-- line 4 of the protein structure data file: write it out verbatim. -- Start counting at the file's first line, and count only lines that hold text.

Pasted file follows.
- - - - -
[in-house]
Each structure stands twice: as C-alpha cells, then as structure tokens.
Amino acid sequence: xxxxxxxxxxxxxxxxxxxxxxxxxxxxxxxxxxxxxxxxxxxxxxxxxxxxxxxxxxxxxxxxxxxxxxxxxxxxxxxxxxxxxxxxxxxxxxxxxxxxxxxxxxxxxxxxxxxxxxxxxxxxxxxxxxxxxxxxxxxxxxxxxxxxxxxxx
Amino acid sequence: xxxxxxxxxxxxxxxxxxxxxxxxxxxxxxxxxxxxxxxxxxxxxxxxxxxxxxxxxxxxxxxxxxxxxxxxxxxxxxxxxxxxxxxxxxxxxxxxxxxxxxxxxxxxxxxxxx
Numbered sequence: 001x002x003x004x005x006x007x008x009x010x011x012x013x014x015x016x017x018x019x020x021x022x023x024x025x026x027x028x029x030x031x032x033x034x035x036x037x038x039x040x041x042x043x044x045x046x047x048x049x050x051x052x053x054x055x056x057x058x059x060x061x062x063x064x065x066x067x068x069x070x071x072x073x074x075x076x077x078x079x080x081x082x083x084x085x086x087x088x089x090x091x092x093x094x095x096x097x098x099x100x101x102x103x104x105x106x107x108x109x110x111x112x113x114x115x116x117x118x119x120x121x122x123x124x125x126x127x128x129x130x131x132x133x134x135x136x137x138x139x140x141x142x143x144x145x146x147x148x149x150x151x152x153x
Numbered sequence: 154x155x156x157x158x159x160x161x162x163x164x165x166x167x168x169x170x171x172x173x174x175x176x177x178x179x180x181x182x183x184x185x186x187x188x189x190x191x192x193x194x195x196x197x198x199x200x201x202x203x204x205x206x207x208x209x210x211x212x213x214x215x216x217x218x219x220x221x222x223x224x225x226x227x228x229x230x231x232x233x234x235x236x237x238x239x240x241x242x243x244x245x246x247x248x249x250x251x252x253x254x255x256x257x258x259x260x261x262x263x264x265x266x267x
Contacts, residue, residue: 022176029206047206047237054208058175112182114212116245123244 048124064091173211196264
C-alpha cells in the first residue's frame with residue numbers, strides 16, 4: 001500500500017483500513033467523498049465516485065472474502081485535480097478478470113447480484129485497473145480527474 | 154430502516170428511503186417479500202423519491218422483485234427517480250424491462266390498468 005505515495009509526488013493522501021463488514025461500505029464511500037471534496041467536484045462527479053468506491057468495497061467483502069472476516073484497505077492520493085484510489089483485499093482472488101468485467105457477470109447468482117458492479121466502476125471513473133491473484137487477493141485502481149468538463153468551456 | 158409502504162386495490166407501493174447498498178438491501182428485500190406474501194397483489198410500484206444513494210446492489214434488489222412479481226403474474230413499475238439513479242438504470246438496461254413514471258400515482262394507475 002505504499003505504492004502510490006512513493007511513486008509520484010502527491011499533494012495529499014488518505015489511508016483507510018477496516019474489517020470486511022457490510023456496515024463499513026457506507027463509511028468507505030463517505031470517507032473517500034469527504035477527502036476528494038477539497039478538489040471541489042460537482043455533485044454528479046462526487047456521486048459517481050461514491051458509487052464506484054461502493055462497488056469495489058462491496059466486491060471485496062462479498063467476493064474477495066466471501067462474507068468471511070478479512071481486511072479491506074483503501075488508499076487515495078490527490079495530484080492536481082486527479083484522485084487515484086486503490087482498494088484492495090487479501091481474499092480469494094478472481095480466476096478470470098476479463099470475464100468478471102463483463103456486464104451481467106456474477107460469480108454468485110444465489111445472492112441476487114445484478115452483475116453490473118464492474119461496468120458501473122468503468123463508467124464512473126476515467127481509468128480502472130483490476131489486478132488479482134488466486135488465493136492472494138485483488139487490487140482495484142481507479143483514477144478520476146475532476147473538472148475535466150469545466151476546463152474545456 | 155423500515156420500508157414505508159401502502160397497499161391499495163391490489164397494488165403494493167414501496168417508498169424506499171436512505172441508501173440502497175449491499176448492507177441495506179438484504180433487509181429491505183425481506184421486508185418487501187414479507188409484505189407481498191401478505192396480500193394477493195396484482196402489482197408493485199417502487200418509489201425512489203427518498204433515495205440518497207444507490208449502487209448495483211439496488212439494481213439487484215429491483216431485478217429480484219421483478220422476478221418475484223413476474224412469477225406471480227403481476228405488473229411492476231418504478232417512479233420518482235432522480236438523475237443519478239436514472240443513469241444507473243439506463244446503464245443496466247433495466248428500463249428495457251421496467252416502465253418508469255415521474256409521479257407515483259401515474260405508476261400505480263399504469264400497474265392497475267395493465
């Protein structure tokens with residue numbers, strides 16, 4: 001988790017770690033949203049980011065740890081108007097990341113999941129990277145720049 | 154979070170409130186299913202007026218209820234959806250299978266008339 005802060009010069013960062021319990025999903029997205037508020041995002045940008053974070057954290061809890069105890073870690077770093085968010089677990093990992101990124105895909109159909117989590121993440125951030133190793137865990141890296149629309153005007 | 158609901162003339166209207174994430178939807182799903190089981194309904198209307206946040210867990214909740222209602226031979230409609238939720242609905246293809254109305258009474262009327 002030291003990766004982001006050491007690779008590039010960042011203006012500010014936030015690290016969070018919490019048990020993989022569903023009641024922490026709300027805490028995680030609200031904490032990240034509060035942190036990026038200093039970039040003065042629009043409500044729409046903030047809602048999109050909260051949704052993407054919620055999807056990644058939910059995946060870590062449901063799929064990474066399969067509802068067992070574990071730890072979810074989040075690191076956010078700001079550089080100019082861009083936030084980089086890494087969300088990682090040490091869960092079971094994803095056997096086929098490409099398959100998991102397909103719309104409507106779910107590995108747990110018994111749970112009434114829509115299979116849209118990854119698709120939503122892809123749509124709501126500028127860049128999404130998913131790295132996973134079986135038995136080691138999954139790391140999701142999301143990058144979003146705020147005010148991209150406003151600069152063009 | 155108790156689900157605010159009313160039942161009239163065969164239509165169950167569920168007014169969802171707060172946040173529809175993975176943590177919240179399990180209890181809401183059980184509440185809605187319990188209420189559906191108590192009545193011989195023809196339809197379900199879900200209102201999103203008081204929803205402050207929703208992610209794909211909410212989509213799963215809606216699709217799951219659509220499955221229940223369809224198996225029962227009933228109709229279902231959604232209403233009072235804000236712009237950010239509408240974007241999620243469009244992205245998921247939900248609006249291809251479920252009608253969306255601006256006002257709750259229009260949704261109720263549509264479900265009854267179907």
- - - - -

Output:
Amino acid sequence: xxxxxxxxxxxxxxxxxxxxxxxxxxxxxxxxxxxxxxxxxxxxxxxxxxxxxxxxxxxxxxxxxxxxxxxxxxxxxxxxxxxxxxxxxxxxxxxxxxxxxxxxxxxxxxxxxx